Plant Pathol J > Volume 35(6); 2019 > Article
Jang, Baek, Choi, Kim, Kim, Kim, Yun, and Lee: Characterization of Nivalenol-Producing Fusarium asiaticum That Causes Cereal Head Blight in Korea


Fusarium asiaticum of the F. graminearum species complex causes head blight in small-grain cereals. The nivalenol (NIV) chemotypes of F. asiaticum is more common than the deoxynivalenol (DON) chemotypes of F. asiaticum or F. graminearum in Korea. To understand the prevalence of F. asiaticum-NIV in Korean cereals, we characterized the biological traits of 80 cereal isolates of F. asiaticum producing NIV or 3-acetyl-deoxynivalenol (3-ADON), and 54 F. graminearum with 3-ADON or 15-acetyl-deoxynivalenol (15-ADON). There was no significant difference in mycelial growth between the chemotypes, but F. asiaticum isolates grew approximately 30% faster than F. graminearum isolates on potato dextrose agar. Sexual and asexual reproduction capacities differed markedly between the two species. Both chemotypes of F. graminearum (3-ADON and 15-ADON) produced significantly higher numbers of perithecia and conidia than F. asiaticum-NIV. The highest level of mycotoxins (sum of trichothecenes and zearalenone) was produced by F. graminearum-3-ADON on rice medium, followed by F. graminearum-15-ADON, F. asiaticum-3-ADON, and F. asiaticum-NIV. Zearalenone levels were correlated with DON levels in some chemotypes, but not with NIV levels. Disease assessment on barley, maize, rice, and wheat revealed that both F. asiaticum and F. graminearum isolates were virulent toward all crops tested. However, there is a tendency that virulence levels of F. asiaticum-NIV isolates on rice were higher than those of F. graminearum isolates. Taken together, the phenotypic traits found among the Korean F. asiaticum-NIV isolates suggest an association with their host adaptation to certain environments in Korea.

Fusarium head blight (FHB) of small-grain cereals is a worldwide problem. The pathogens of FHB not only cause serious plant diseases, but also threaten public health via mycotoxin contamination of the infected crops (Goswami and Kistler, 2004). FHB mycotoxins include trichothecenes such as deoxynivalenol (DON), nivalenol (NIV), and their acetyl derivatives, and zearalenone (ZEA). These metabolites are toxic to humans and animals when consumed (Desjardins, 2006). The best-known causative agent of FHB, Fusarium graminearum sensu stricto (hereafter F. graminearum), is distributed worldwide, and belongs to the F. graminearum species complex (FGSC) consisting of at least 16 phylogenetically distinct species (Aoki et al., 2012). The distributions of some FGSC species and trichothecene chemotypes are regional. While F. graminearum is cosmopolitan (van der Lee et al., 2015; Yli-Mattila 2010), F. asiaticum, which is a member of FGSC, is relatively confined to eastern Asia (Karugia et al., 2009; Lee et al., 2010; Qui et al., 2014; van der Lee et al., 2015; Zhang et al., 2010). Other FGSC members, F. aethiopicum and F. acacia-earnsii are reported to be endemic to the Southern hemisphere (Aoki et al., 2012; van der Lee et al., 2015).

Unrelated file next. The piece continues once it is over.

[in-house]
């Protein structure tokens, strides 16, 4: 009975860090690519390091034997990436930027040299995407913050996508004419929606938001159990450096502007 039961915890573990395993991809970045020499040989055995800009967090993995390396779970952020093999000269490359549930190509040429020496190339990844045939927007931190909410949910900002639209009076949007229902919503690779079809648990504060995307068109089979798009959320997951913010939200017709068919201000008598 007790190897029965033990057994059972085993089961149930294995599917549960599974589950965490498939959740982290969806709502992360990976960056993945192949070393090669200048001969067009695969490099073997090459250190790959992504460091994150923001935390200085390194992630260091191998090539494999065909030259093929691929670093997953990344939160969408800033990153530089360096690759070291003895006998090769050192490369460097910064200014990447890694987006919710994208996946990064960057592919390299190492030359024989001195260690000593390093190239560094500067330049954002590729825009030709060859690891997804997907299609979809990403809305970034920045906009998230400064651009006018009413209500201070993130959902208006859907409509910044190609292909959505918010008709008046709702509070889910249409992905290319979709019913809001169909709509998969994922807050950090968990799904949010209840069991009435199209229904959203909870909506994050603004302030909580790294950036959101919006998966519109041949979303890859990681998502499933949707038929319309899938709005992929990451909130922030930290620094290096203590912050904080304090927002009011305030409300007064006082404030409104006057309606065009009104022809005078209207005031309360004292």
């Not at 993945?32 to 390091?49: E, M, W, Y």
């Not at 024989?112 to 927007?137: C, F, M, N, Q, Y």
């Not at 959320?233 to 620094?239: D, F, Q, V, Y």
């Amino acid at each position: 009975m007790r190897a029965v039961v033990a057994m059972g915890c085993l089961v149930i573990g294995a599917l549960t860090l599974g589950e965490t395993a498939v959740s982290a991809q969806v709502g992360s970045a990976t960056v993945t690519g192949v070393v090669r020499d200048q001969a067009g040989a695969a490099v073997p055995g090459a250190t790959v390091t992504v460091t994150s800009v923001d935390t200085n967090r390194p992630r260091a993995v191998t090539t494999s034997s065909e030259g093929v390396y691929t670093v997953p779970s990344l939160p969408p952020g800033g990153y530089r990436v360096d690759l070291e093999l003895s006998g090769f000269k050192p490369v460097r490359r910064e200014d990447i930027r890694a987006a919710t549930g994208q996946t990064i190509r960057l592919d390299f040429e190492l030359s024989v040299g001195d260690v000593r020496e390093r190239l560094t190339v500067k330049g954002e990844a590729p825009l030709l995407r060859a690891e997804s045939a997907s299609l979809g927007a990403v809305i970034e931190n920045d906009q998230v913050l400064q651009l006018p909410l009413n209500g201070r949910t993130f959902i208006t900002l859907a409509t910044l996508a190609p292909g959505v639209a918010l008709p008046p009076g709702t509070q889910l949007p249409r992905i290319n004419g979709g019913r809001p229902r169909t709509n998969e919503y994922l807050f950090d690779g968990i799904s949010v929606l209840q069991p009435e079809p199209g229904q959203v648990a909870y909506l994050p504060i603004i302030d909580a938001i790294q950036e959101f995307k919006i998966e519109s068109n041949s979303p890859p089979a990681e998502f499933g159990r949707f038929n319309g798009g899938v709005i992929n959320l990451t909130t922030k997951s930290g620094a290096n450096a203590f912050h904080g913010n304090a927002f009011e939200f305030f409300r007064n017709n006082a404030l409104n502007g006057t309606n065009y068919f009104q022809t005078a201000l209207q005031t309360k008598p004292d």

While F. asiaticum is morphologically indistinguishable from F. graminearum (O’Donnell et al., 2004), the species dramatically differ in their toxin profiles. Although both species produce type B trichothecenes including DON, NIV, and their acetyl derivatives, F. asiaticum is frequently associated with NIV chemotype, while F. graminearum is with DON chemotype (especially 15-acetyl-DON [15-ADON] chemotype) in Korea. F. asiaticum-NIV has been also reported in Brazil, China, Japan, Nepal, and USA (Del Ponte et al., 2015; Desjardins and Proctor 2011; Gale et al., 2011; Gomes et al., 2015; Suga et al., 2008) on barley, maize, rice, and wheat. Barley and wheat are the crops frequently infected with F. asiaticum-NIV in China and Japan, while rice is affected in Brazil and USA (van der Lee et al., 2015), and maize in Nepal (Desjardins and Proctor 2011). In Korea, F. asiaticum-NIV has been isolated mostly from barley, rice and wheat at 95% frequencies (Lee et al., 2010; Shin et al., 2018; unpublished data). F. asiaticum-NIV is also present on maize, but less often than is F. graminearum-15-ADON. The first official outbreak of FHB was reported in 1963 (Chun 1963; Chung 1975). However, the fungal pathogen producing NIV was first reported in 1985 (Lee et al., 1985). The uneven distribution of FGSC species/chemotypes is found among crops and regions throughout the country. Neither the route nor timing of the introduction of F. asiaticum-NIV into Korea is known, but head blight outbreaks in small-grain cereals caused by this pathogen have long threatened both growers and consumers.